Link to Original Source
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UK watchdog green lights super-fast broadband

siloko siloko writes  |  more than 5 years ago

siloko writes "From the Ofcom announcement: Ofcom has today cleared the way for companies and organisations to invest in super-fast broadband services for UK homes and businesses. Superfast or next generation — broadband can deliver speeds of up to 10 times the level of todays broadband services. In the home, it will allow different members of a household to access a variety of high-bandwidth services at the same time. A number of companies have already announced plans to invest in and rollout super-fast broadband in the UK over these networks. These include Virgin Media, which already offers super-fast broadband and plans to extend this offer across its entire network,and BT, which plans to upgrade its copper access network with fibre-optic cable."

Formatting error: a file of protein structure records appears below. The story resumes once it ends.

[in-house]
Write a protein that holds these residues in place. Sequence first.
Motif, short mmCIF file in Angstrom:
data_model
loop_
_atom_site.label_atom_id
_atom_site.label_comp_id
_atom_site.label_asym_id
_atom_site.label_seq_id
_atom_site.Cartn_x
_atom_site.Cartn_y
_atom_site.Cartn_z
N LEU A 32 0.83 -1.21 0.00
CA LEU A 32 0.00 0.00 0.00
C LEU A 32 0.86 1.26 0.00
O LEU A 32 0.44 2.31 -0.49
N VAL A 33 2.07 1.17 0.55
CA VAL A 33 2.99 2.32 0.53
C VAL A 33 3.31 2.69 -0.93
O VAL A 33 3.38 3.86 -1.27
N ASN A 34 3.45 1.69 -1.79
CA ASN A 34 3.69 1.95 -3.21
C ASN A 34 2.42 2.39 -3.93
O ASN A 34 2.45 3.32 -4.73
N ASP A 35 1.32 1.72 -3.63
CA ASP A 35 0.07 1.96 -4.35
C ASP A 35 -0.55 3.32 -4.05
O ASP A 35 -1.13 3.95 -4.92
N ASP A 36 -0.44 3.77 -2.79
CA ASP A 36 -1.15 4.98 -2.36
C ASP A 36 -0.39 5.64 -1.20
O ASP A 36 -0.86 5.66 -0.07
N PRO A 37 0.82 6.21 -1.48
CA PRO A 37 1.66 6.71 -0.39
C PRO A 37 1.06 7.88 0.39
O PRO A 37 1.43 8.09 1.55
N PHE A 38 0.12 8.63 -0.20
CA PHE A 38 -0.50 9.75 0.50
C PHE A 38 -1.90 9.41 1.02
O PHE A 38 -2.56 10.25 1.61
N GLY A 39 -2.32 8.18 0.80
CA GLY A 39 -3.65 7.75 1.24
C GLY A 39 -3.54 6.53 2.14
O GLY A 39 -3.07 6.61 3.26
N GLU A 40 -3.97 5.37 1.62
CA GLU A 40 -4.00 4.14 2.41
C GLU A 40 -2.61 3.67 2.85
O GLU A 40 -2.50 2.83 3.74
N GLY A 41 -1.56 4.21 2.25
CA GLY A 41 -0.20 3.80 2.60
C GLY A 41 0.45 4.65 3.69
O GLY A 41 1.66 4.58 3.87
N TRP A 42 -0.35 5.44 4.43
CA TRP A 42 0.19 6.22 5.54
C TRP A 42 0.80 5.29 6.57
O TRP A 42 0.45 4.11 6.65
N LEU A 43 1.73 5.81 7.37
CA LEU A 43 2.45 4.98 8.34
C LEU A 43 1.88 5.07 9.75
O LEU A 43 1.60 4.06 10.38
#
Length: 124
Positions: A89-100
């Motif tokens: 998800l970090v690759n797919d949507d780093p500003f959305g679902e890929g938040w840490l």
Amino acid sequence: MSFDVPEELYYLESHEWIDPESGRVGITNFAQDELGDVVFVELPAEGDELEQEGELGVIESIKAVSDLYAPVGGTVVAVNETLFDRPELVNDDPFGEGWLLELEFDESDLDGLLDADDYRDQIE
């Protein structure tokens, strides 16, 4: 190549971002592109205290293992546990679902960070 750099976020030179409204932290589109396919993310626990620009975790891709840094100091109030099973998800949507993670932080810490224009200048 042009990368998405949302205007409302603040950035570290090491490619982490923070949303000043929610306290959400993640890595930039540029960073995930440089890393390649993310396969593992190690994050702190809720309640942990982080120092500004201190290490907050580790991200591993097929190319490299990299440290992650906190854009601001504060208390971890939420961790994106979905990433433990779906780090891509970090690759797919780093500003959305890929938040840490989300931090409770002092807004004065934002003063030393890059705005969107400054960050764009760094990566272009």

Link to Original Source
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Facebook 0 - 2 Privacy Lapse

siloko siloko writes  |  more than 5 years ago

siloko writes "After last years fiasco when strangers could access facebook users' private photos it seems the scourge of shoddy coding has struck again, albeit this time requiring a little more effort on the part of the miscreant! Details are given by Joseph Bonneau over at The Light Blue Touchpaper, the security blog of the Computer Laboratory at University of Cambridge."
Link to Original Source
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Security Advisors in IE Switching Frenzy

siloko siloko writes  |  more than 5 years ago

siloko (1133863) writes "Unnamed security experts have this morning advised users of Internet Explorer version 7 to switch to alternative browsers whilst Microsoft struggle to fix a new flaw in their much maligned web browser. From the article on the BBC:

The flaw in Microsoft's Internet Explorer could allow criminals to take control of people's computers and steal their passwords, internet experts say. Microsoft says it has detected attacks against version seven of the browser — its most widely used edition. But the company warned that other versions were also potentially vulnerable."

Link to Original Source